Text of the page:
Like most people, you probably feel that you know something about motivation. Something, but what?
Motivation is the motive – the internal reason – we have which prompts us to act in certain ways and directions. In a profound sense motivation is not a thought, since that would be purely intellectual. When we are motivated, whatever we are thinking is always hitched to an extra energy that appears electrical – it hits the body, producing a desire to act.
Motivation is like a tide: it ebbs and flows. Perhaps the best parallel of all is with energy; the flow of energy within us. This recalls the concept of Chi in Chinese philosophy, and of the yin-yang in the Tao Te Ching.
Everyone needs motivation, but whether they want it is another question. However, everywhere we look we see the need.
Turn to the classroom – see the teacher who may have set out with the best intentions in the world to deliver a quality education to students. Now, bogged down by bureaucracy and procedure, lessons are delivered without relevance or enthusiasm. Motivation is ebbing away.
Consider the students: a target driven education that bears little relationship to their reality, or to the deep springs of learning. They too lack motivation, or at best merely have some desire for qualifications to enable their advancement to the next stage of the process.
There has been a lot of discussion on the new 'Generation Y' – those born from 1982 – 2001 – who are the future and whom we need to motivate. Some of their characteristics are alleged to be:
Bored by routine
Connected … 24/7
Clearly, education has to change if it is going to engage this generation.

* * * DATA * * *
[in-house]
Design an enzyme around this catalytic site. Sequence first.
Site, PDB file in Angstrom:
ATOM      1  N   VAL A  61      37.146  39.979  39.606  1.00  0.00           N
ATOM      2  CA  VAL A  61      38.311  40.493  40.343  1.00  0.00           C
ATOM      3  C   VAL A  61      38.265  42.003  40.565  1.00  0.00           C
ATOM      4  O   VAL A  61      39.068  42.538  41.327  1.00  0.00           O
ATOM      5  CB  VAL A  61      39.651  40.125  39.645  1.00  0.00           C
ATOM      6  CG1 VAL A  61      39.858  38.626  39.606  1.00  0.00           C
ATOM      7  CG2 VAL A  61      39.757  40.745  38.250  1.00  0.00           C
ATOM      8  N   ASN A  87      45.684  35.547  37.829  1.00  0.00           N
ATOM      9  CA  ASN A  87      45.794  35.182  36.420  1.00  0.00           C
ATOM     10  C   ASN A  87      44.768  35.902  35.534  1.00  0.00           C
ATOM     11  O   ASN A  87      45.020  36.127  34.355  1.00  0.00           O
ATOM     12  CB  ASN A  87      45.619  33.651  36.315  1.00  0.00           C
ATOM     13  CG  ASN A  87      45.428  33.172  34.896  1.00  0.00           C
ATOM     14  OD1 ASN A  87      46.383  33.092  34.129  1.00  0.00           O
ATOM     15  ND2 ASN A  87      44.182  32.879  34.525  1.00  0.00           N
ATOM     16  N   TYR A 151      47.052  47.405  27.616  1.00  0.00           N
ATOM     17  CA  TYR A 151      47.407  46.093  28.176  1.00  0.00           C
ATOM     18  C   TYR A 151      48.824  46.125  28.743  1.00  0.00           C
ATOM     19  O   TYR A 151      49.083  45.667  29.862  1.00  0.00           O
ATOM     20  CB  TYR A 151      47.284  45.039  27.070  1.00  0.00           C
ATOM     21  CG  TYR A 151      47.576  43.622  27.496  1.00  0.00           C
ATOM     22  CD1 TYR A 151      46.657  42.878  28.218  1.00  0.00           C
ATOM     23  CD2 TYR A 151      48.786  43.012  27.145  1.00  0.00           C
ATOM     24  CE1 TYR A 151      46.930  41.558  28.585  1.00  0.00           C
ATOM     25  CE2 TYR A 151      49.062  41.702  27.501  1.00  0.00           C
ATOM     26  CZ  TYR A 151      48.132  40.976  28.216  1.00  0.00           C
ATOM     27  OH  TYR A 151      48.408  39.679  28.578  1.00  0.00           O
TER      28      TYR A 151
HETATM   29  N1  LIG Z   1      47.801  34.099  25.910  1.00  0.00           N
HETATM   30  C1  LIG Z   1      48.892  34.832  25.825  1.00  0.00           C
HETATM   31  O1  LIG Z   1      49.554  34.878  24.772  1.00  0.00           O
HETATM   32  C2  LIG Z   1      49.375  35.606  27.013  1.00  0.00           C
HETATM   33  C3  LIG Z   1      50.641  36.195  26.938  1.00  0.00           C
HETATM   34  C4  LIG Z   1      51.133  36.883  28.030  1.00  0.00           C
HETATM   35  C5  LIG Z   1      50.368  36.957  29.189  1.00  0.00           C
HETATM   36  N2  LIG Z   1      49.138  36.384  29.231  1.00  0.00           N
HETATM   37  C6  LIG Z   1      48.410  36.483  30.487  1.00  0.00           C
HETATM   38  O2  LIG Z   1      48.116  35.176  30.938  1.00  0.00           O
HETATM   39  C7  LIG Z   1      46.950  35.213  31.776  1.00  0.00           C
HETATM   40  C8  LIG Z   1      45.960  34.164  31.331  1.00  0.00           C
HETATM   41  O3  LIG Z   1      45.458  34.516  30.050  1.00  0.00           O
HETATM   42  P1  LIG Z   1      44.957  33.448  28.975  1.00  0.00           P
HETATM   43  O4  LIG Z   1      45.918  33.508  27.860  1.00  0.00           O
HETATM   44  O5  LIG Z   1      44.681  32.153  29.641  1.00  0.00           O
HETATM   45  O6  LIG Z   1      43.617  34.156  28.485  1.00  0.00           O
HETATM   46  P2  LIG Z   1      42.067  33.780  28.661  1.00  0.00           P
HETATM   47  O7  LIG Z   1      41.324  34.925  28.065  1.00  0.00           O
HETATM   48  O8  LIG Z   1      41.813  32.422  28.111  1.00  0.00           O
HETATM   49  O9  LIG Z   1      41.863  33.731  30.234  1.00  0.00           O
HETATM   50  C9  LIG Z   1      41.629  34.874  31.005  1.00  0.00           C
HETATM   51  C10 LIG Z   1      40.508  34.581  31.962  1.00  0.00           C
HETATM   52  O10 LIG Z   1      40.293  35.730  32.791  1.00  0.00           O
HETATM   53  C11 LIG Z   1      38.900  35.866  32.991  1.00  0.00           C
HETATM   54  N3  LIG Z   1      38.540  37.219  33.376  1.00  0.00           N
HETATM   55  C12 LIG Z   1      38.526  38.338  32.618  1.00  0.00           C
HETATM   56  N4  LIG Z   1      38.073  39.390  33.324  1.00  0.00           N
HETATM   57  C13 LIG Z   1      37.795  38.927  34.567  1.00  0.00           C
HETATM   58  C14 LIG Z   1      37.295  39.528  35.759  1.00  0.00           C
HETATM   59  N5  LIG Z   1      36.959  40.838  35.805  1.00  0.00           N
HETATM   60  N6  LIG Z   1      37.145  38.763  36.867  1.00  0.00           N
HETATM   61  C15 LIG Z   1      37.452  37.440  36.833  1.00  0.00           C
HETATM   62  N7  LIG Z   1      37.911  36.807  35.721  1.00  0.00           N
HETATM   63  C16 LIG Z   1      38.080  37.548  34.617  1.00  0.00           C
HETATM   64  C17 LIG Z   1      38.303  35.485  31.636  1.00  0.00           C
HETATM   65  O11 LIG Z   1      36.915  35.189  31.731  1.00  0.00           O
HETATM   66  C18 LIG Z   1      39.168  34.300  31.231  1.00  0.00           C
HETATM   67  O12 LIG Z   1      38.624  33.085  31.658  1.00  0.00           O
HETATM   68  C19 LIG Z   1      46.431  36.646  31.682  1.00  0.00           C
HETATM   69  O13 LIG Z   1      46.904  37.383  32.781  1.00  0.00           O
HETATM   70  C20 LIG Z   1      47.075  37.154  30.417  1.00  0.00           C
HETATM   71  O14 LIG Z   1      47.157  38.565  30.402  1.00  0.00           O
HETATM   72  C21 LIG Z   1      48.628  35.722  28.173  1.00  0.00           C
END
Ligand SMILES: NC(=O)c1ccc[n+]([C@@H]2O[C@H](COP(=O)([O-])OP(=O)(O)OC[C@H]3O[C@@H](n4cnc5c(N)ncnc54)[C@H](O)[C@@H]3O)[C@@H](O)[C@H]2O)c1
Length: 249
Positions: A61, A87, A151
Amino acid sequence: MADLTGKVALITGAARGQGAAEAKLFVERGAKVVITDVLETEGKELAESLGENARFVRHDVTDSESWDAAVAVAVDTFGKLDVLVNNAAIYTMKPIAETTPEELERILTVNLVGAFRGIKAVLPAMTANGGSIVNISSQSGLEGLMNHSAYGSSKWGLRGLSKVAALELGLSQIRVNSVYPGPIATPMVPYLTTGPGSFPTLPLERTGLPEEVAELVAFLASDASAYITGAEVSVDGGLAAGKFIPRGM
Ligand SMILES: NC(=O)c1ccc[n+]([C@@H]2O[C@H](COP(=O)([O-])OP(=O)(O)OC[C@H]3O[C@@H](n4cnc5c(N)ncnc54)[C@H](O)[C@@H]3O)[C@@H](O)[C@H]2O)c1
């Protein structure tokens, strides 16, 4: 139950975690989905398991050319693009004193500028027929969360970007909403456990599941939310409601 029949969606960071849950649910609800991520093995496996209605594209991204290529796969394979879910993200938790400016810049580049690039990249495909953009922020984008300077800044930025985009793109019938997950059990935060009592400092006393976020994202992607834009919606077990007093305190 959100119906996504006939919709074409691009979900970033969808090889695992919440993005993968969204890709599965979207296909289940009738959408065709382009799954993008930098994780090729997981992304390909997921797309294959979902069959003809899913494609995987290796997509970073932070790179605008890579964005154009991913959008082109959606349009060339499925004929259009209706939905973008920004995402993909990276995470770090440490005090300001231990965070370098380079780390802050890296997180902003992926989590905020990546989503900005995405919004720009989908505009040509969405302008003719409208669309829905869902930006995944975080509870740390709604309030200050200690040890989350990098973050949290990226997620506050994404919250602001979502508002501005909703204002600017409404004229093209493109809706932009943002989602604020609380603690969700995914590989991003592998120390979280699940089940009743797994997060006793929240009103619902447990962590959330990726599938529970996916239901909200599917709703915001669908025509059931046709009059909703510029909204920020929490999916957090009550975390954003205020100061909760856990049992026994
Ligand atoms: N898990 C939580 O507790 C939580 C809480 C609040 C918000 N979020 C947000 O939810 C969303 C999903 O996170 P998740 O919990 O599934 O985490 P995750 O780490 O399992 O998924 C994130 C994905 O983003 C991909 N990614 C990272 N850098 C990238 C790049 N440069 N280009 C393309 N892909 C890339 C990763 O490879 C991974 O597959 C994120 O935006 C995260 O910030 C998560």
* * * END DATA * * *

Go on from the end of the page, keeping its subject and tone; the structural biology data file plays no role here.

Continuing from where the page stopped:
The lover too: he or she needs motivation. Where there is no motivation, there is no desire; where there is no desire, love and relationship are effectively dead!
Also, think about a Monday morning – classic heart attack time. Or what might be termed the Optimal Work Aversion Moment (OWAM). So many people are de-motivated at the thought of having to go to work. Work itself a word almost synonymous with the word onerous. Who wants to work? Few do. But most need to work.
Really what we are talking about here is the quality of our lives. Independent of whether we have high IQs or low ones, whether we are tall or short, or whether even we are rich or poor, perhaps the biggest single determinant of the quality of our lives is how motivated we are at any given moment, and over prolonged periods of time.
Why is this? Because, as we said before, motivation is virtually synonymous with the word energy – our motivation determines our energy level. And when we are fully motivated, then we tend to be bursting with energy. When we are bursting with energy, then life feels good – stress has less power to touch us, and all our other problems are contextualized into manageable proportions.
Thus it is that we need to pay attention to motivation – especially our motivation, and by extension to our motivators.
Here is a curious thing: many people spend time working their muscles and concentrating on physical fitness. Why? Because they understand that if they do not exercise their muscles they will wither. They will become, as people, impaired – weak and flabby. This is fine physically, but what about psychologically? Two questions, then, arise: how do we know what our motivators are and how do we stimulate our motivators?
One interesting thing about motivators is that they are nearly allied to our values. When we realise our values ??we become extremely happy or satisfied. So too with motivators – these are deep needs within us, and so deliberately feeding them in ourselves, or even attempting to feed them in someone else, is not 'manipulation' – how could it be? – it is giving us or another exactly what we want. And what we want if often more than what we need.
Further, motivation is intimately connected to our self-esteem. It is also part of our performance matrix. And, finally, motivation is also part of our future, and our ability to realise that future. No motivation means no energy; and no energy means, at best, a deeply unsatisfying life.
These points I will seek to clarify and explore in future ezine articles.
Source by James Sale